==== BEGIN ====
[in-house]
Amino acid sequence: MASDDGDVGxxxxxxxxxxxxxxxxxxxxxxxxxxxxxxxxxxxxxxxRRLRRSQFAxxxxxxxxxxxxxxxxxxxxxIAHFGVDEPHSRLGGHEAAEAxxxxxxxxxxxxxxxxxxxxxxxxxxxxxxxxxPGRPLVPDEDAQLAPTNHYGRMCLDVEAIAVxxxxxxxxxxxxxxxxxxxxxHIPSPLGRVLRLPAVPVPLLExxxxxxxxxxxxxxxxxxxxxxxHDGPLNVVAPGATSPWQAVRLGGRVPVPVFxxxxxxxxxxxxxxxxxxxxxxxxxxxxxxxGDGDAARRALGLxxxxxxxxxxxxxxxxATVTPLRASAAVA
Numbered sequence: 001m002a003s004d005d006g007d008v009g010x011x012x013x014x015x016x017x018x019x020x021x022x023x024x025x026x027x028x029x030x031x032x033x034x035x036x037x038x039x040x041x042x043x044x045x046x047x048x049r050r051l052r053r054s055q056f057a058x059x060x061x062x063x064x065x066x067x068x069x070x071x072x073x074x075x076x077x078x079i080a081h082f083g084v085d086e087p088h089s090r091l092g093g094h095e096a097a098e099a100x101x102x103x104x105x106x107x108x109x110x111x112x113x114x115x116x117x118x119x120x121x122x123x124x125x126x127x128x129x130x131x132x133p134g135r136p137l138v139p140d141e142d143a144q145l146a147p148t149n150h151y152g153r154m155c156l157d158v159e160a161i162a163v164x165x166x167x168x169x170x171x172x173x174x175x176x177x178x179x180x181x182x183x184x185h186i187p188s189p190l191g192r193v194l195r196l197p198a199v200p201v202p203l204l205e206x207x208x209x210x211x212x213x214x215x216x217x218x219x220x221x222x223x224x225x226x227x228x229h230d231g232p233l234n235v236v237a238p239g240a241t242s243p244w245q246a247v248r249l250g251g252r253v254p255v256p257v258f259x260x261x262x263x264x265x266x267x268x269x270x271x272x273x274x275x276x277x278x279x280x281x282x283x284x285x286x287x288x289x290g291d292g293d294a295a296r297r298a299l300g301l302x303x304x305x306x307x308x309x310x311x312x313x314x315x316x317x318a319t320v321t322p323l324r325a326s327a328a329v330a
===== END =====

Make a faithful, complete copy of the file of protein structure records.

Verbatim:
[in-house]
Amino acid sequence: MASDDGDVGxxxxxxxxxxxxxxxxxxxxxxxxxxxxxxxxxxxxxxxRRLRRSQFAxxxxxxxxxxxxxxxxxxxxxIAHFGVDEPHSRLGGHEAAEAxxxxxxxxxxxxxxxxxxxxxxxxxxxxxxxxxPGRPLVPDEDAQLAPTNHYGRMCLDVEAIAVxxxxxxxxxxxxxxxxxxxxxHIPSPLGRVLRLPAVPVPLLExxxxxxxxxxxxxxxxxxxxxxxHDGPLNVVAPGATSPWQAVRLGGRVPVPVFxxxxxxxxxxxxxxxxxxxxxxxxxxxxxxxGDGDAARRALGLxxxxxxxxxxxxxxxxATVTPLRASAAVA
Numbered sequence: 001m002a003s004d005d006g007d008v009g010x011x012x013x014x015x016x017x018x019x020x021x022x023x024x025x026x027x028x029x030x031x032x033x034x035x036x037x038x039x040x041x042x043x044x045x046x047x048x049r050r051l052r053r054s055q056f057a058x059x060x061x062x063x064x065x066x067x068x069x070x071x072x073x074x075x076x077x078x079i080a081h082f083g084v085d086e087p088h089s090r091l092g093g094h095e096a097a098e099a100x101x102x103x104x105x106x107x108x109x110x111x112x113x114x115x116x117x118x119x120x121x122x123x124x125x126x127x128x129x130x131x132x133p134g135r136p137l138v139p140d141e142d143a144q145l146a147p148t149n150h151y152g153r154m155c156l157d158v159e160a161i162a163v164x165x166x167x168x169x170x171x172x173x174x175x176x177x178x179x180x181x182x183x184x185h186i187p188s189p190l191g192r193v194l195r196l197p198a199v200p201v202p203l204l205e206x207x208x209x210x211x212x213x214x215x216x217x218x219x220x221x222x223x224x225x226x227x228x229h230d231g232p233l234n235v236v237a238p239g240a241t242s243p244w245q246a247v248r249l250g251g252r253v254p255v256p257v258f259x260x261x262x263x264x265x266x267x268x269x270x271x272x273x274x275x276x277x278x279x280x281x282x283x284x285x286x287x288x289x290g291d292g293d294a295a296r297r298a299l300g301l302x303x304x305x306x307x308x309x310x311x312x313x314x315x316x317x318a319t320v321t322p323l324r325a326s327a328a329v330a